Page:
• August 27, 2010

    Crunchy Carrot Pickles


    I was surprised that when I announced to people my intention to pickle carrots, there were some who thought this was not a good idea. Within my circle of friends, there are some fairly fervent pickled-carrot lovers, and I really believed this was a widespread fondness.

    If you like carrots. And if you like pickles (i.e. pickled beets, pickled hot peppers, pickled green beans). Why not pickled carrots?

    Adarsh, in particular, was not too enthusiastic about the idea. Mostly, I think, because I slapped his hand away from the gorgeous organic carrots I bought (well, technically he bought…) at the farmer’s market (just for the purpose of pickling!), that he was just dying to crunch into.

    He was further unimpressed with me and my hand-slapping when those gorgeous carrots went soft and turned into muffins instead – which he huffily called “carrot cemeteries” and then refused to eat…

    Gorgeous carrots, attempt #2!

    What I didn’t realize when I embarked on this vinegar-soaked adventure, was that of the art pickle-making is a flippin’ *$#@load of work fun, but laborious task. The peeling, oh the peeling! . I love my mother all the more for the number carrots she has peeled in her life, while I feigned deafness to her calls for assistance.

    Aside from removing their peel, the carrots didn’t really give me too much trouble. The pickling concept is very simple, and not nearly as scary as it may seem to virgin pickle-makers. All you have to do is prepare that-which-is-to-be-pickled by cutting it into uniform sized pieces; prepare a brine of boiling vinegar, water, and salt; pack the veggies into sterilized (boiled) jars along with some pickling spice, garlic, and fresh dill; pour the brine into the jars; and boil the jars with their lids on for 10 minutes. Ta da! Pickles. No sweat. (Well, some sweat. But mostly during the goshdarn peeling stage).

    You don’t need any fancy equipment to do your own preserving/canning/pickling at home. What you will need, besides the ingredients, are: the biggest pot you’ve got, a big pair of tongs with a rubber band secured around each tong (to prevent the jars from slipping out), glass jars and new lids (you can re-use jars, but you need brand-new lids every time – you can buy them separately and they’re cheap), and that’s it!

    The reference book I used is The Art of Preserving from Williams-Sonoma. It is a fabulous book, one that has accompanied me to the beach, the park, on the bus, and to bed. Yeah, people gave me strange looks. Did I care? Nope!

    Crunchy Carrot Pickles

    A garlicky, dill carrot pickle recipe to use up your farmers' market or garden haul. They're crunchy and tangy, and highly addictive. 
    Prep Time1 hr
    Cook Time7 mins
    Total Time1 hr 7 mins
    Servings: 9 500 mL jars
    Author: Jennifer Pallian BSc, RD


    • 6 lbs carrots or carrots and cauliflower florets combined, peeled and cut into uniform-sized sticks that will comfortably fit inside jars
    • 4.5 cups distilled white vinegar 5% acidity
    • 3 tbsp coarse salt
    • 9 tbsp pickling spice
    • 1 bunch fresh dill
    • 2 heads of garlic cloves peeled
    • 6 lbs carrots or carrots and cauliflower florets combined, peeled and cut into uniform-sized sticks that will comfortably fit inside jars
    • 4.5 cups distilled white vinegar 5% acidity
    • 3 tbsp coarse salt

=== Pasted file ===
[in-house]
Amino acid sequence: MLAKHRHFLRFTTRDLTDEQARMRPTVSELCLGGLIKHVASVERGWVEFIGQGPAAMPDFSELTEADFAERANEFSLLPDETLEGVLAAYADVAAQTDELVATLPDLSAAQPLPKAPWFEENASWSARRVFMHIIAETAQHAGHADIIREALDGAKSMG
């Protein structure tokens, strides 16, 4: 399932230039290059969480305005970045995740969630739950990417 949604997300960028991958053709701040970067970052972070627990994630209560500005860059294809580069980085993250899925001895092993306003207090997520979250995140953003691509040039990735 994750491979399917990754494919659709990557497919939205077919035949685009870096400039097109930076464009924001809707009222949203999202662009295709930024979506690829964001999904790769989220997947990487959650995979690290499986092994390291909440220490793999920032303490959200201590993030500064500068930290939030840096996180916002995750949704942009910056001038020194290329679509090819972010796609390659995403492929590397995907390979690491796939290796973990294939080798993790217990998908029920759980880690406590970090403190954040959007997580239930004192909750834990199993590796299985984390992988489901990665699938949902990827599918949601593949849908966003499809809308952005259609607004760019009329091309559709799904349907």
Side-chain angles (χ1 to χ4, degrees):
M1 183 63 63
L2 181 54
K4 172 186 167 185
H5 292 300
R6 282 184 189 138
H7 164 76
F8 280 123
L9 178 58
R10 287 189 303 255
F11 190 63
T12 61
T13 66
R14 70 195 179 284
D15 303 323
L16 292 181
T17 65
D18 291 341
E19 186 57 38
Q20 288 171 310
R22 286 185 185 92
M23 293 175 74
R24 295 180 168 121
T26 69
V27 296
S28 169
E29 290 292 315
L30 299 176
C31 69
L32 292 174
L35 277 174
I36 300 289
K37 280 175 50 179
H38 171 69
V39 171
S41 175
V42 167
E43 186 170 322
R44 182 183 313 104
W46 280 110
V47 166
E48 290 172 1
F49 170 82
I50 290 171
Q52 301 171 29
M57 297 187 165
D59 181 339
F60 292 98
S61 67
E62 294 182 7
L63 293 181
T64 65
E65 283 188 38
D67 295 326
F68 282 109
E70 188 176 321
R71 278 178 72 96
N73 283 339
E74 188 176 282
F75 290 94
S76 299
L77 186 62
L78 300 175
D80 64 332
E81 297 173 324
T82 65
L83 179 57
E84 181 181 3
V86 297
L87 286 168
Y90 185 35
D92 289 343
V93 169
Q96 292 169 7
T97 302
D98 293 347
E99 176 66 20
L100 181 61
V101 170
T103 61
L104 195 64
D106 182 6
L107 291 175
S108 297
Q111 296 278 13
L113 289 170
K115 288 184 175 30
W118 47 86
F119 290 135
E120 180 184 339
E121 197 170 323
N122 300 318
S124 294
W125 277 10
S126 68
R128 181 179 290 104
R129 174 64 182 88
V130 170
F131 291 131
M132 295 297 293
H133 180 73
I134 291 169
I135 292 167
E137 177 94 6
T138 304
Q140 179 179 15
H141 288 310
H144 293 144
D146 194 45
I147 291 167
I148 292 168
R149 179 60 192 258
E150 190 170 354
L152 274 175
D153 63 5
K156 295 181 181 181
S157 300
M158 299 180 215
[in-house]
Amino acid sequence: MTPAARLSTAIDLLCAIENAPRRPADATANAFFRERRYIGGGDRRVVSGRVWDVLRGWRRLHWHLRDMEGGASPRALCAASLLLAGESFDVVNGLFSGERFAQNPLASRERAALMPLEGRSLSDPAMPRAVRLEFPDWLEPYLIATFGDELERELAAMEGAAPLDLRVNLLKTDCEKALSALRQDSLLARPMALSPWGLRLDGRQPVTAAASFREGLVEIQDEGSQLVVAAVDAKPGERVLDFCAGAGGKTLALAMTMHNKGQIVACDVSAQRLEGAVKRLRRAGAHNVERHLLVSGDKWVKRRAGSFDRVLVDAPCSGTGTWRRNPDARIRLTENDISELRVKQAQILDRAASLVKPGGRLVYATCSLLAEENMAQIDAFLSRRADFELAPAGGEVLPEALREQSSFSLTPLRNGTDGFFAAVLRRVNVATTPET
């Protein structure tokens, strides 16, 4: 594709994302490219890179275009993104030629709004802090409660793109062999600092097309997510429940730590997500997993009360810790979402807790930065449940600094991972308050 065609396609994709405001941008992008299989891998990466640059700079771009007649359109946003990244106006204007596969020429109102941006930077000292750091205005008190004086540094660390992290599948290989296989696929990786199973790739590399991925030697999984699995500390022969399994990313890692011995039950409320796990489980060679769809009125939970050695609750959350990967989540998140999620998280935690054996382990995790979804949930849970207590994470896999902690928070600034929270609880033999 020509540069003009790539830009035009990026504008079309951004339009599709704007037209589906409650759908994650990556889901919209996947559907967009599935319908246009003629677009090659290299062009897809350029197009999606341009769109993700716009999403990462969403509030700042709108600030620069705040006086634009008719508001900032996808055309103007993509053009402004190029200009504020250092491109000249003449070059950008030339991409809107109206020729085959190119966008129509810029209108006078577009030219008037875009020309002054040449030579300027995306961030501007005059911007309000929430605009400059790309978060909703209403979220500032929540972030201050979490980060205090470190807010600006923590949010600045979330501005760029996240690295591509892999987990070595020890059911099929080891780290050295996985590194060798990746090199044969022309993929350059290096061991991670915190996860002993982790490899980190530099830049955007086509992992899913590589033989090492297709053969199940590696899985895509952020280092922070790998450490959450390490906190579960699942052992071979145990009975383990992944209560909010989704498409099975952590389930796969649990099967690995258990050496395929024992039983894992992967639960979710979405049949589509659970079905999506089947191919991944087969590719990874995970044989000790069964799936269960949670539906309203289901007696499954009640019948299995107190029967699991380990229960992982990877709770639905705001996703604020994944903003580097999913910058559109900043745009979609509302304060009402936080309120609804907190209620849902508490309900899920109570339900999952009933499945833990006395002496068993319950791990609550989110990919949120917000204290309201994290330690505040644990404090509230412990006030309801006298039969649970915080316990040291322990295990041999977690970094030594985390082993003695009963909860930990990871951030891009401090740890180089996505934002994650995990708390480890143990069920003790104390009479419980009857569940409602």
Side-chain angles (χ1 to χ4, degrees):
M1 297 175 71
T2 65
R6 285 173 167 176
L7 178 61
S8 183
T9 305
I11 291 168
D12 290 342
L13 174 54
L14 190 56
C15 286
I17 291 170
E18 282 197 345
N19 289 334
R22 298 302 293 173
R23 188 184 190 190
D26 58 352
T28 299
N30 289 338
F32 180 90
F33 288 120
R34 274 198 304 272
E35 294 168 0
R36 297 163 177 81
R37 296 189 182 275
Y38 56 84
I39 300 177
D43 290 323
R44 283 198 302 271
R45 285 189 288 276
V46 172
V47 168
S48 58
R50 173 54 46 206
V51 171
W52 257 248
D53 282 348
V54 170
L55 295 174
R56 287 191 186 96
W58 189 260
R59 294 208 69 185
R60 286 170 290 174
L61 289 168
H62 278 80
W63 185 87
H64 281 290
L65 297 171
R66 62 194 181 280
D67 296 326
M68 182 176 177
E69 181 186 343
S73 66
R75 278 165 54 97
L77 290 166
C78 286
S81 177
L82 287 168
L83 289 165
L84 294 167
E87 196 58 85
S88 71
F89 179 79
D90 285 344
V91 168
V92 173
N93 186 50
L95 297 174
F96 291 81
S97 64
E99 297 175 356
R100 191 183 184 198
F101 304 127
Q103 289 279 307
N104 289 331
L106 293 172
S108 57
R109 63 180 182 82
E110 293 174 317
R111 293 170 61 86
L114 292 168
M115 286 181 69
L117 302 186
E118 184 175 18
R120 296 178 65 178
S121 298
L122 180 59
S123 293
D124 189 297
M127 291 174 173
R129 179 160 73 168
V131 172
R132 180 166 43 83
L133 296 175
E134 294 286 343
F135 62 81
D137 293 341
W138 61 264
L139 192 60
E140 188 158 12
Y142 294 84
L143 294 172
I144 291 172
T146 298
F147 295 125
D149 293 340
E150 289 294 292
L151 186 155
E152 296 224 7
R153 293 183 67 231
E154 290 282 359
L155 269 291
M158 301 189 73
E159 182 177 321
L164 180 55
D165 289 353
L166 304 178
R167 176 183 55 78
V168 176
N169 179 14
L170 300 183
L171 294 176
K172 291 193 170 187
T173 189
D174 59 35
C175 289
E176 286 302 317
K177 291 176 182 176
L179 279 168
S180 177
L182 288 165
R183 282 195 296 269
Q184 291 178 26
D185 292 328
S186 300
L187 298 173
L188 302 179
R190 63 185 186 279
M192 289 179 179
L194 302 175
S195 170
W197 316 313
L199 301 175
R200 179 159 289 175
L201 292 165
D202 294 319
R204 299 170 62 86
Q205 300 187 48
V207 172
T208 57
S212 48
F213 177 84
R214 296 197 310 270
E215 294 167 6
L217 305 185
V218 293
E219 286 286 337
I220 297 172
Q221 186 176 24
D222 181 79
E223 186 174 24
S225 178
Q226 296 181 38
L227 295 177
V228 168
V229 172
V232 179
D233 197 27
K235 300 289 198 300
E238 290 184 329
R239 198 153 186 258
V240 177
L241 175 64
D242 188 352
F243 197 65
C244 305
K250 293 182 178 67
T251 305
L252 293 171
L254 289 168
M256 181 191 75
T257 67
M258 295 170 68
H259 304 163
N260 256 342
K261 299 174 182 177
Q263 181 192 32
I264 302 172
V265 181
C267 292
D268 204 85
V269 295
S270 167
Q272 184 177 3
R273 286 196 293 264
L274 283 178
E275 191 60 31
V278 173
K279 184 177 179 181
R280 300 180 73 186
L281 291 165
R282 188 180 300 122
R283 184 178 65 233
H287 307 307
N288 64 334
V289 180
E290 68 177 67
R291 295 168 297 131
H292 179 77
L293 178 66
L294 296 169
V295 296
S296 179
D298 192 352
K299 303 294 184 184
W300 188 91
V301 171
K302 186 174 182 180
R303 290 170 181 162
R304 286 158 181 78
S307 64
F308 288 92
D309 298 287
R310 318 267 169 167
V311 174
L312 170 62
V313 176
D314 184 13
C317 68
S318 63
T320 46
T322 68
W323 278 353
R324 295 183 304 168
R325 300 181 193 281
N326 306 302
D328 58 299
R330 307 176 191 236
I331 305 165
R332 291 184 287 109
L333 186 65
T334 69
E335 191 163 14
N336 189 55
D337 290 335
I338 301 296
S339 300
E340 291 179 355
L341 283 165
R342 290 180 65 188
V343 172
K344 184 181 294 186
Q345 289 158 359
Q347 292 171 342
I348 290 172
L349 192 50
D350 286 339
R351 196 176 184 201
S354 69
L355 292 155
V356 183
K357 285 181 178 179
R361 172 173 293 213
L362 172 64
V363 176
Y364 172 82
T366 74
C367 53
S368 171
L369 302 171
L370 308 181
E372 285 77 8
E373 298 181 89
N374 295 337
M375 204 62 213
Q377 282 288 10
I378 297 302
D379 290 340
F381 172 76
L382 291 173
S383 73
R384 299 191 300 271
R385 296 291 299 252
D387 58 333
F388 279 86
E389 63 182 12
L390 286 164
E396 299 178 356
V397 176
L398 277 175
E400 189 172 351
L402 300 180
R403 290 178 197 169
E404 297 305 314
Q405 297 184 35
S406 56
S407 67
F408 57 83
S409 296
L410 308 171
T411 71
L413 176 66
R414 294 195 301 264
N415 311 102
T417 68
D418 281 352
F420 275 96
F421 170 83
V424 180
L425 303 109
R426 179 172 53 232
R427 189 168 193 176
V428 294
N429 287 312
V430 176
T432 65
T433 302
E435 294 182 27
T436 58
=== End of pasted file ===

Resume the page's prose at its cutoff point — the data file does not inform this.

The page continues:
• 9 tbsp pickling spice
    • 1 bunch fresh dill
    • 2 heads of garlic cloves peeled


    • Fill your largest pot with water. Sterilize your jars by submerging them (while the water is still cold - or they might break) and turn the heat on high. Bring to a boil. The jars need to boil for at least ten minutes, but keep them in the water till you're ready to fill them. You want to keep them warm because you will be processing them in boiling water again, and if they have time to cool off before returned to boiling water, they may break. Warm the lids in a small pot of simmering water (not boiling) over medium-low heat. Use the tongs to remove jars and lids from water.
    • In another medium-large pot, combine vinegar, salt and 4.5 cups of water. Bring to a boil and stir to dissolve salt.
    • Meanwhile, spoon 1 tbsp pickling spice into each jar. Divide the garlic and dill among jars (about 2-3 sprigs of dill per jar). Pack the carrots snugly into the jars. Ladle the hot brine into the jars, leaving 1/2 inch of headspace. Place a warm lid on top, and secure with a screwband to just-sealed (not too tight - air needs to escape). Using the rubber-banded tongs, lower the jars gently into the boiling water. Process for 7 minutes, timed from when the water returns to a boil. *
    • Note that more is not better here - if you over-process them you will have soggy carrot pickles instead of crunchy ones.
    • Remove from water and allow to cool, undisturbed, for 24 hours. The jars have sealed properly if the lids are rigid and slightly indented. You might hear a "pop!" when it seals. The lid should not bounce back when you gently press it. If it bounces back and makes a clicking sound when pressed, the seal is not good. Keep any failed seal jars in the fridge for 2 weeks. All sealed jars will keep in a dark, cool place for up to 1 year.

    Hi, I'm Jennifer Pallian, BSc, RD. I studied cooking, baking and food chemistry in a university lab, have years of experience as a professional test kitchen recipe developer and providing technical baking support to bakeries and home bakers. Want to know why your bread didn't rise? I've got your back.I now work full-time as a blogger, putting the years of science and baking to work right here. On Foodess, I share the best recipes in my arsenal - tested-till-PERFECT recipes for cozy baking, easy recipes for weeknight meals and delicious globally-inspired comfort food, plus lots of science-based cooking and baking tips. Welcome!

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